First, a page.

Local government elections are also scheduled for June 4th. The importance of this election cannot be downplayed given that many people in Korea consider this to be a midterm referendum. There is a special focus on the Seoul mayoral race as many observers see this position as a potential steppingstone for the presidency. The current mayor, Park Won-soon, is a clear frontrunner (see Figure 10). But a possible dark horse entry by Ahn Cheol-soo’s new party may result in a split vote situation where the Saenuri Party candidate can emerge as the winner. Current frontrunners in the ruling party include Chung Mong Joon, Kim Hwang-sik, General Ahn Dae-hee, and Lee Hye-hoon (see Figure 10). As of January, only Lee has announced her candidacy for the primary.


Figure 10 Seoul Mayor Candidates Approval



If 2013 was a year of transition, 2014 looks to be a year of action. With the conclusion of a long honeymoon period, the Park administration is expected to come under heavier scrutiny as observers look to see whether the government will follow through with necessary reforms to reinvigorate the economy and strengthen national security. Foreign policy issues related to the changing dynamics within the region also presents a new challenge for the administration in figuring out how to press ahead in maintaining its longstanding alliance with the United States.


The views expressed herein do not necessarily reflect the views of the Asan Institute for Policy Studies.

  • 1

    The authors would like to thank Dr. Choi Kang and Dr. Kim Jiyoon for their helpful comments and feedback.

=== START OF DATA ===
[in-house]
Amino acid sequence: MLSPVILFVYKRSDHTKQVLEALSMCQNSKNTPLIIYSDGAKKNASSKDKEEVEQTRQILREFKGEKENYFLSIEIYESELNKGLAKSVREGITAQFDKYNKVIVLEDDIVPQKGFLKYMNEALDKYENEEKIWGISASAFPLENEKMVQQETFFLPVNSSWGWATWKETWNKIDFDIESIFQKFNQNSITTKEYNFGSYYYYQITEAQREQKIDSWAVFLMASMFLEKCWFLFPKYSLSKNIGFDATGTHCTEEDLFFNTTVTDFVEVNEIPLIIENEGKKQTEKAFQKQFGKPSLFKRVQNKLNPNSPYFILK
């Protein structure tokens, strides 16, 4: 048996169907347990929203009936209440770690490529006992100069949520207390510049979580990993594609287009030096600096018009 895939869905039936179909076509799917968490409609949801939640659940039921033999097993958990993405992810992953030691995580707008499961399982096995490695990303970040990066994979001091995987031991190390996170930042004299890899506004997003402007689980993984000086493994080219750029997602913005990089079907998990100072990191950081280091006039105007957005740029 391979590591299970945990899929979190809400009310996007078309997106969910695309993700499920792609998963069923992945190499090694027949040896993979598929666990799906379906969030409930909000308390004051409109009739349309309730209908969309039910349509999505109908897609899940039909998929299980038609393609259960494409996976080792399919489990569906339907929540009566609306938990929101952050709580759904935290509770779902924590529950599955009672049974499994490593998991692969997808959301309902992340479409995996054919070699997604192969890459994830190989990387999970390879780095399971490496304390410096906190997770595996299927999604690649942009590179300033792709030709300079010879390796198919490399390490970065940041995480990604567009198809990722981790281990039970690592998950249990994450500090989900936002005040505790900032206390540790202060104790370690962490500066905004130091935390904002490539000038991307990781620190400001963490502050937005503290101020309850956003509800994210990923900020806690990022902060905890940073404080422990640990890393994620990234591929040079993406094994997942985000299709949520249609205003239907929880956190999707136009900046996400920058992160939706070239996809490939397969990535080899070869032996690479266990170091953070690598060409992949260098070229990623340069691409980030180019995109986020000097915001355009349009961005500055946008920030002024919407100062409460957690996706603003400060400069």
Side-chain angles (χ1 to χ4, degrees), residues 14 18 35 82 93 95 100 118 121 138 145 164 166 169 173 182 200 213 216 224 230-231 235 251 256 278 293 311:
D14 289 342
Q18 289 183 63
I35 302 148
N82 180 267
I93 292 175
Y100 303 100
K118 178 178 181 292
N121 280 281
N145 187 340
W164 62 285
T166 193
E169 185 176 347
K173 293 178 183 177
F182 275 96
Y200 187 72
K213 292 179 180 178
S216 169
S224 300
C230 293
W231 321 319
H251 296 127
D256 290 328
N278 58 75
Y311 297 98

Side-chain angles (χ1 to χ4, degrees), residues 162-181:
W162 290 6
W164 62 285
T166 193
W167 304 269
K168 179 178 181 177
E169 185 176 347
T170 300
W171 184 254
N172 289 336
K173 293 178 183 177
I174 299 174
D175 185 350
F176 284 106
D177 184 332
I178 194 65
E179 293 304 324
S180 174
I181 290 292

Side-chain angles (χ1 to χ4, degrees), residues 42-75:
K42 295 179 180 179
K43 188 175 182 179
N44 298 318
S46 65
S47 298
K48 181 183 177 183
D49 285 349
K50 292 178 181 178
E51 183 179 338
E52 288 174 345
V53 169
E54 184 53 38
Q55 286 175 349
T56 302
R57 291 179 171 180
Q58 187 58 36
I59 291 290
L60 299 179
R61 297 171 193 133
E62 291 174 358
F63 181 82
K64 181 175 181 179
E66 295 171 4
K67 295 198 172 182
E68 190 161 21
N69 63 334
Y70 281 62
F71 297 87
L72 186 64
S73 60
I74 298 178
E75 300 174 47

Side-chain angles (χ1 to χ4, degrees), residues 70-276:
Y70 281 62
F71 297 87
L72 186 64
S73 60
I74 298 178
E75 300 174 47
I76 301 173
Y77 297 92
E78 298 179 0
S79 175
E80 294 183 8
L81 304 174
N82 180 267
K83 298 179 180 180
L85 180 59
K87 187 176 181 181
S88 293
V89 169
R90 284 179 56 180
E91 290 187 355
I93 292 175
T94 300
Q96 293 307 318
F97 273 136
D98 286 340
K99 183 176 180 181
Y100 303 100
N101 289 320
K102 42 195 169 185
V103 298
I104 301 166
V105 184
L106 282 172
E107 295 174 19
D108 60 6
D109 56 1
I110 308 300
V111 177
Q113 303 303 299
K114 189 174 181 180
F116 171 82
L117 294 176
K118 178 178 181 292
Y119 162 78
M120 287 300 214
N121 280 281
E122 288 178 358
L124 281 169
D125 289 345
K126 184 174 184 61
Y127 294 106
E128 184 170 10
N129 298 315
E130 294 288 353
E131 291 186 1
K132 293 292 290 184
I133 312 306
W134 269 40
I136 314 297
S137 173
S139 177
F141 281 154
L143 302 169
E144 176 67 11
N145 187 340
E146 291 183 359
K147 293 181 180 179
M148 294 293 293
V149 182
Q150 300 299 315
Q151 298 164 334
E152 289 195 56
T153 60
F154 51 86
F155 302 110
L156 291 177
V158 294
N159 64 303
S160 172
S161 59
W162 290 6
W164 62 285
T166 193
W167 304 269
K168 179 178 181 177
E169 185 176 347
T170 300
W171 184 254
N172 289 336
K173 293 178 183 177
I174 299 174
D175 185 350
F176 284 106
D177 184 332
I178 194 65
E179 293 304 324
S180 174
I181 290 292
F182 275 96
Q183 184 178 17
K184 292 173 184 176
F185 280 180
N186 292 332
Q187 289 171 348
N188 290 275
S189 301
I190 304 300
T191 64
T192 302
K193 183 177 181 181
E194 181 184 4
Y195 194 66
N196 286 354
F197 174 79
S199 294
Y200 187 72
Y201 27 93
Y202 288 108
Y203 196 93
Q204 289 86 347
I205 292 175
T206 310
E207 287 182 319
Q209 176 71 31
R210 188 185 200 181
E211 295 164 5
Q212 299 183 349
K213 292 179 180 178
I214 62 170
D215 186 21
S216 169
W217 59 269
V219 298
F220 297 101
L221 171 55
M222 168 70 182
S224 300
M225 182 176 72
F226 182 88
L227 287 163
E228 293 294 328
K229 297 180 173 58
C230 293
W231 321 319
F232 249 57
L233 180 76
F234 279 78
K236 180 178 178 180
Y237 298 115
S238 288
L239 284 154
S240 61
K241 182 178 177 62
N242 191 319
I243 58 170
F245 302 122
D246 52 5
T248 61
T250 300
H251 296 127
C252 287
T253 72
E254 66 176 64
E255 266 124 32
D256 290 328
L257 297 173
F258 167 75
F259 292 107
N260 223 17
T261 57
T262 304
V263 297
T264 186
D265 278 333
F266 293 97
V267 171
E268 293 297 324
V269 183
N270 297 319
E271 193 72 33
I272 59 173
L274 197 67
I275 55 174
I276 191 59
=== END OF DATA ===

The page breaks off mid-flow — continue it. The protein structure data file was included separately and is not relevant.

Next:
• 2

    “Risky Nationalism in Japan”, New York Times, December 26, 2013; “Japan NHK boss under fire for comfort women remark,” Washington Post, January 27, 2014.

  • 3

    “Grasping for Clues in North Korean Execution,” New York Times, December 13, 2013; “North Korea confirms purge of Kim Jong Un’s uncle, describes ‘anti-state’ crimes,” Washington Post, December 9, 2013.

  • 4

    Choe Sang-hun, “North Korea Agrees to Proposal to Resume Family Reunions, Reversing Stance,” New York Times, January 24, 2014; “buk shinmun sinroe barandamyeon oese haek kkeuroedeurigi jungdanhaeya handa,” Donga Ilbo, February 3, 2014.

  • 5

    Siegfried S. Hecker, “North Korea reactor restart sets back denuclearization,” Bulletin of the Atomic Scientists, October 17, 2013; Siegfried S. Hecker, “What to Expect from a North Korean Nuclear Test,” Foreign Policy, February 4, 2013; Terrence Roehrig, “North Korea’s Nuclear Weapons: Future Strategy and Doctrine,” Policy Brief, Belfer Center for Science and International Affairs, John F. Kennedy School of Government, Harvard University, May 2013; Markus Schiller, Characterizing the North Korean Nuclear Missile Threat (Santa Monica, CA: RAND Corporation, 2012); Markus Schiller, Robert Schmucker, and J. James Kim, “Assessment of North Korea’s Latest ICB Mock-Up,” Issue Brief, The Asan Institute for Policy Studies, January 14, 2014.

  • 6

    Go Myong-hyun, “North Korea as Iran’s Counterfactual: A Comparison of Iran and North Korea Sanctions,” Issue Brief, The Asan Institute for Policy Studies, Forthcoming.

  • 7

    Schiller et al.